Advert for the New Provision Market, dairy produce
Medium: Print on paper
At the start of the 19th century, a good deal of the milk sold in British markets was of poor quality. It was usually kept in uncovered churns and very often contaminated by bacteria. To maximise their profits some farmers even added water, so the milk was very weak.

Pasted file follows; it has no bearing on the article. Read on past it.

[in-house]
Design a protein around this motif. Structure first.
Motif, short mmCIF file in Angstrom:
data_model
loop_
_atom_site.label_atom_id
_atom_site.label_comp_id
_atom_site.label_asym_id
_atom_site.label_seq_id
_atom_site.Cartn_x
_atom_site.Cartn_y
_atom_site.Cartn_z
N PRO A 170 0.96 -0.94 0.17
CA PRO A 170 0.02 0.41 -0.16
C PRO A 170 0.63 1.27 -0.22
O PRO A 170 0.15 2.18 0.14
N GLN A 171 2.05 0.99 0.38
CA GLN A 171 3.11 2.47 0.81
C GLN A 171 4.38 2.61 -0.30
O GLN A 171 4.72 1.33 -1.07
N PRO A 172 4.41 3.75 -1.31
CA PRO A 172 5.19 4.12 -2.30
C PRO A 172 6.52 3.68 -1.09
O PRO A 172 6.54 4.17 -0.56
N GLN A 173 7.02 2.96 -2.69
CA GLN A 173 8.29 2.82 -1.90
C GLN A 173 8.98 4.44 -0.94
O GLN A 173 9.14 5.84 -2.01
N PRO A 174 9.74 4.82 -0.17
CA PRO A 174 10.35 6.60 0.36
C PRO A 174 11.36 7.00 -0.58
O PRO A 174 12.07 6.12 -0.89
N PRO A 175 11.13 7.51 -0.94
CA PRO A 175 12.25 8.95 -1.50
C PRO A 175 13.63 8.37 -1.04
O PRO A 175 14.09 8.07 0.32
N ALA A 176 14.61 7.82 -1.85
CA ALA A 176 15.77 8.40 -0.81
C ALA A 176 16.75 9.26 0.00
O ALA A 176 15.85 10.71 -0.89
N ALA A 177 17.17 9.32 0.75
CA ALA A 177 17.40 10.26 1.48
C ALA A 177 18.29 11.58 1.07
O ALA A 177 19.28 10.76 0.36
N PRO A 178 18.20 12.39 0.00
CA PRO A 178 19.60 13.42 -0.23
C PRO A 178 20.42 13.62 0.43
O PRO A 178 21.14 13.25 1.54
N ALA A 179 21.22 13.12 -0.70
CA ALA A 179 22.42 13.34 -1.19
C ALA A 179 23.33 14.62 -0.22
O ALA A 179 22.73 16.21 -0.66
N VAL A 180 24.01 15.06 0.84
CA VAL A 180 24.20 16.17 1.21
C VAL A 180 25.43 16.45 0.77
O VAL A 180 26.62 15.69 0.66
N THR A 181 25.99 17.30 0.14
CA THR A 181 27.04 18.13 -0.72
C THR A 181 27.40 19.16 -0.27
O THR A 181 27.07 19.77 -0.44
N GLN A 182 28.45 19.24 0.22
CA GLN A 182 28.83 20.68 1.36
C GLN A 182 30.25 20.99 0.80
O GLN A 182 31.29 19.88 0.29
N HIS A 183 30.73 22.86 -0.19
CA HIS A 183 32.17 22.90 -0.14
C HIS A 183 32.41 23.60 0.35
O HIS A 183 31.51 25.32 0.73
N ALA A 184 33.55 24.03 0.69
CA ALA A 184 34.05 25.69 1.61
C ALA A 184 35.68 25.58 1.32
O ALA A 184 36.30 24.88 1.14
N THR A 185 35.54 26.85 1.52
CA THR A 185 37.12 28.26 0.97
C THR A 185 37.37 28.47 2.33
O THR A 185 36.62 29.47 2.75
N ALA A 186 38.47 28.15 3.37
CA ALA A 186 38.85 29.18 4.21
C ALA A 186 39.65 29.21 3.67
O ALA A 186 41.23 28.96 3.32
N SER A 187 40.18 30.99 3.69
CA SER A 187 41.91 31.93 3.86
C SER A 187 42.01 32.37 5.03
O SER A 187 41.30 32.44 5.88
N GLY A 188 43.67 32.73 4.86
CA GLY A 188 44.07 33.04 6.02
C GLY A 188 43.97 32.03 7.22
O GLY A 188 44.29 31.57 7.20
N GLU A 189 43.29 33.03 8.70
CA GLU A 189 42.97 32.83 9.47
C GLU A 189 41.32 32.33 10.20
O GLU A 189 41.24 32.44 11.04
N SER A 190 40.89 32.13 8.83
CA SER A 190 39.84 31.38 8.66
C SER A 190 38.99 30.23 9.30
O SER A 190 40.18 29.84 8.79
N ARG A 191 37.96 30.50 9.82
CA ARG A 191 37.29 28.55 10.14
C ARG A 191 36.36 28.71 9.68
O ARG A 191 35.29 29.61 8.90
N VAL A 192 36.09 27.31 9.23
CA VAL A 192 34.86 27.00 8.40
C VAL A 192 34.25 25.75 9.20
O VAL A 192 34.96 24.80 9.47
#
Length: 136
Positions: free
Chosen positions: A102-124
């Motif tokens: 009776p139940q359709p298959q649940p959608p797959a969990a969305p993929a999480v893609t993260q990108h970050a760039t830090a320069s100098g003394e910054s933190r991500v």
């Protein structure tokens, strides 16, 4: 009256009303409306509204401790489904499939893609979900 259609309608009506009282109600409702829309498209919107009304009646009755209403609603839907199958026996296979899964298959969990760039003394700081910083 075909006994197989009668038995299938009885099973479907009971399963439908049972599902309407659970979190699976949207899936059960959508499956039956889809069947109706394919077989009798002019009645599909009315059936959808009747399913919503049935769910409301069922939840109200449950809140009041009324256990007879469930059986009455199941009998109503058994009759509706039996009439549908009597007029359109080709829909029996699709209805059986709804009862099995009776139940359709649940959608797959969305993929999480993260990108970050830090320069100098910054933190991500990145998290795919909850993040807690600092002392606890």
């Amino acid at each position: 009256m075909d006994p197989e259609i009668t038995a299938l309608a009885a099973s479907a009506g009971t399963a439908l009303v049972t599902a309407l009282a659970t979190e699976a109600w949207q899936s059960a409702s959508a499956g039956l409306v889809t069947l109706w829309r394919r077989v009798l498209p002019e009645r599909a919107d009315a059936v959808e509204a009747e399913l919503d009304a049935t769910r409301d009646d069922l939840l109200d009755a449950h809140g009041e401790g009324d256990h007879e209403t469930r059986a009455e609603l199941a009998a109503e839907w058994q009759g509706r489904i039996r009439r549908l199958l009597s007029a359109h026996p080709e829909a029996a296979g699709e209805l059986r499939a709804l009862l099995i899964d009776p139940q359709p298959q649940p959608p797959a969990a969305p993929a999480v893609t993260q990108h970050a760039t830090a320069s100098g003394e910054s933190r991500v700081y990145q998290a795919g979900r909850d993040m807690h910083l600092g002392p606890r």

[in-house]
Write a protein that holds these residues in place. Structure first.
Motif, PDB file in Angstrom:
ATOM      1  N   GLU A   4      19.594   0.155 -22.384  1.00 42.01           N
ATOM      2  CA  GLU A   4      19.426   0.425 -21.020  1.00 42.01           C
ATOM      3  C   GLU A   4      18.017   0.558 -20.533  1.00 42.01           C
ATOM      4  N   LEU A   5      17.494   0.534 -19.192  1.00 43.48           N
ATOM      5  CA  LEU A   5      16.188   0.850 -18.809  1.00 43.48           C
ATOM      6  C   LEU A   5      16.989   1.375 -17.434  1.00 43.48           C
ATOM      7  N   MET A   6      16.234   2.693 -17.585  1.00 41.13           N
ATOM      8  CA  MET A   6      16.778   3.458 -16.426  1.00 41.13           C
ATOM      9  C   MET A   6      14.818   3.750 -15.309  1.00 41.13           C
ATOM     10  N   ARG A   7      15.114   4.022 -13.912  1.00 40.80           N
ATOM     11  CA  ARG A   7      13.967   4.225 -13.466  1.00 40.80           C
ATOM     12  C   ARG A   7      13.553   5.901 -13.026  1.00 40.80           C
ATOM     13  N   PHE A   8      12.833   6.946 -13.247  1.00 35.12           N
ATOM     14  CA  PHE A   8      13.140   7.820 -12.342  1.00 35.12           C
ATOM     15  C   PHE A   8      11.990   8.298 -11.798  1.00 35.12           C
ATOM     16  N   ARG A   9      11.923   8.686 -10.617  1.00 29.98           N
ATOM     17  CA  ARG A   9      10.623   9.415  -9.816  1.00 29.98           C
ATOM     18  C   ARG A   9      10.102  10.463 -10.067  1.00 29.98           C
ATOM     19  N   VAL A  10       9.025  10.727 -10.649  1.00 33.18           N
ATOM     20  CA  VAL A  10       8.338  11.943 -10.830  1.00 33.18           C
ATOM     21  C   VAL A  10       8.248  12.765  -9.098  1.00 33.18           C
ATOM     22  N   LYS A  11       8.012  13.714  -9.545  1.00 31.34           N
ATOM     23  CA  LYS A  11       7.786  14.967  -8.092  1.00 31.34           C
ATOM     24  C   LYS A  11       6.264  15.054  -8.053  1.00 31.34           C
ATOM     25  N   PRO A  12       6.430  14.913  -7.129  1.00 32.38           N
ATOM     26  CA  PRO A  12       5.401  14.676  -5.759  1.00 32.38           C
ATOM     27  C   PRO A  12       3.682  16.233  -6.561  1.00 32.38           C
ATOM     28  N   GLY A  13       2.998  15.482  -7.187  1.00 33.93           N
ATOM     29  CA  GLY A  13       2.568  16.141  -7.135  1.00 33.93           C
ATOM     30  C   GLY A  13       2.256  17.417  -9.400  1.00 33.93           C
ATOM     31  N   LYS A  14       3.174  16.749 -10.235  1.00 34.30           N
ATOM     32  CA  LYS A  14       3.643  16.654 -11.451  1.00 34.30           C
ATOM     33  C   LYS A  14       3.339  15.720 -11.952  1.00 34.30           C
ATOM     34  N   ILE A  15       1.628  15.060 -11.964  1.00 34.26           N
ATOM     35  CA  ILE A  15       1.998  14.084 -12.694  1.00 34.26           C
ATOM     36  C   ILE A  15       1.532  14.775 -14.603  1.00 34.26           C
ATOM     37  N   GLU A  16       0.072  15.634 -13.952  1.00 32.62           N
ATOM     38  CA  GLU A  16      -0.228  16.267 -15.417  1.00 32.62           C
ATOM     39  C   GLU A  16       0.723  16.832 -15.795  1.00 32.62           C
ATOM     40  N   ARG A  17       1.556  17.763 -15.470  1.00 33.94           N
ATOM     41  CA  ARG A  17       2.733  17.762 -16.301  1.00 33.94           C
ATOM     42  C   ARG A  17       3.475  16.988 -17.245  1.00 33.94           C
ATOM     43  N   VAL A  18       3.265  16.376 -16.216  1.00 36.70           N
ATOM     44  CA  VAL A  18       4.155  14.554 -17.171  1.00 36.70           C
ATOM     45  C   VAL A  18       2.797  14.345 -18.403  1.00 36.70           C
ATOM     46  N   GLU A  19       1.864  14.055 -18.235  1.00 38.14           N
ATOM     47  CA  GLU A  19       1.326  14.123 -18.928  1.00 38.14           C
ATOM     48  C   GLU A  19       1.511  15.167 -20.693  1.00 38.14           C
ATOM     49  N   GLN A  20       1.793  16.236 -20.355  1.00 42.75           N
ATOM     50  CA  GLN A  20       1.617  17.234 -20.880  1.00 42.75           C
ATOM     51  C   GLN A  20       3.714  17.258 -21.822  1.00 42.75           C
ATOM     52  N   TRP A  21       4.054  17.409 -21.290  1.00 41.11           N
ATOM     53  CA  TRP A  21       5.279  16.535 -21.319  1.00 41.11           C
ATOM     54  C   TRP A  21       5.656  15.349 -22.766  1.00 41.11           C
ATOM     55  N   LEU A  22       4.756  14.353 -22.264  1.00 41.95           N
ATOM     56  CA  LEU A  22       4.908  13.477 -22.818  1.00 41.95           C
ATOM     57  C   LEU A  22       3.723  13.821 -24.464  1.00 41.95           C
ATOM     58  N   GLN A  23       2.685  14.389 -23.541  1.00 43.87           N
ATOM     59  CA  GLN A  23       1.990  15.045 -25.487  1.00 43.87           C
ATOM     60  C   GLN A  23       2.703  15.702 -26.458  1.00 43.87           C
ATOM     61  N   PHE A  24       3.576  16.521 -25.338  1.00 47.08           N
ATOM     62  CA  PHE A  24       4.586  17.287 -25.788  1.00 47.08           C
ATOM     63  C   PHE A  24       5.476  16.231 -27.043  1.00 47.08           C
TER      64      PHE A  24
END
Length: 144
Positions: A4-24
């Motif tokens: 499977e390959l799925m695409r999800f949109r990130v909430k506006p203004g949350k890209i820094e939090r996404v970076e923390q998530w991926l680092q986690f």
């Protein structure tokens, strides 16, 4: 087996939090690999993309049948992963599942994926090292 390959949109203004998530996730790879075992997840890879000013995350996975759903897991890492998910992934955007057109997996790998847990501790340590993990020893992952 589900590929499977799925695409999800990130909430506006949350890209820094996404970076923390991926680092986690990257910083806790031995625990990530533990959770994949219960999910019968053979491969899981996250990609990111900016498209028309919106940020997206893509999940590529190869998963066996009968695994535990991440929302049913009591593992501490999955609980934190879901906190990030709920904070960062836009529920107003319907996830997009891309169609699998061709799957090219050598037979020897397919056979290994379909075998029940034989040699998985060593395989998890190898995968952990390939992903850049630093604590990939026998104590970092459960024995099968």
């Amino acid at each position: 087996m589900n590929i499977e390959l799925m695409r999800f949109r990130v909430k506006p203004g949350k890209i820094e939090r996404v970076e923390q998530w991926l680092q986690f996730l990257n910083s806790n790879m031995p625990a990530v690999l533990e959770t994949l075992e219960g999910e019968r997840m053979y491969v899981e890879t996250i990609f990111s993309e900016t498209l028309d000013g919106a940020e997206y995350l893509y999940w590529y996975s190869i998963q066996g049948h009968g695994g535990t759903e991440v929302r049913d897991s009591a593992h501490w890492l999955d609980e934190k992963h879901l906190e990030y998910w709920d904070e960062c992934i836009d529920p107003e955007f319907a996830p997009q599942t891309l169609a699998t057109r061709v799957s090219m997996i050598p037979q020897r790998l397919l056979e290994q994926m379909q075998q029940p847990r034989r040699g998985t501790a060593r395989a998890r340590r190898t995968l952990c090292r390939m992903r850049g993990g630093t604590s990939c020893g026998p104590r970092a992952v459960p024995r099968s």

In 1872, Parliament passed the Adulteration of Food Act, which helped to put a stop to this practice. However it was the conditions in which the cows were kept that caused the majority of problems. Unsanitary conditions meant that dirt and disease often contaminated the milk before it even left the farm.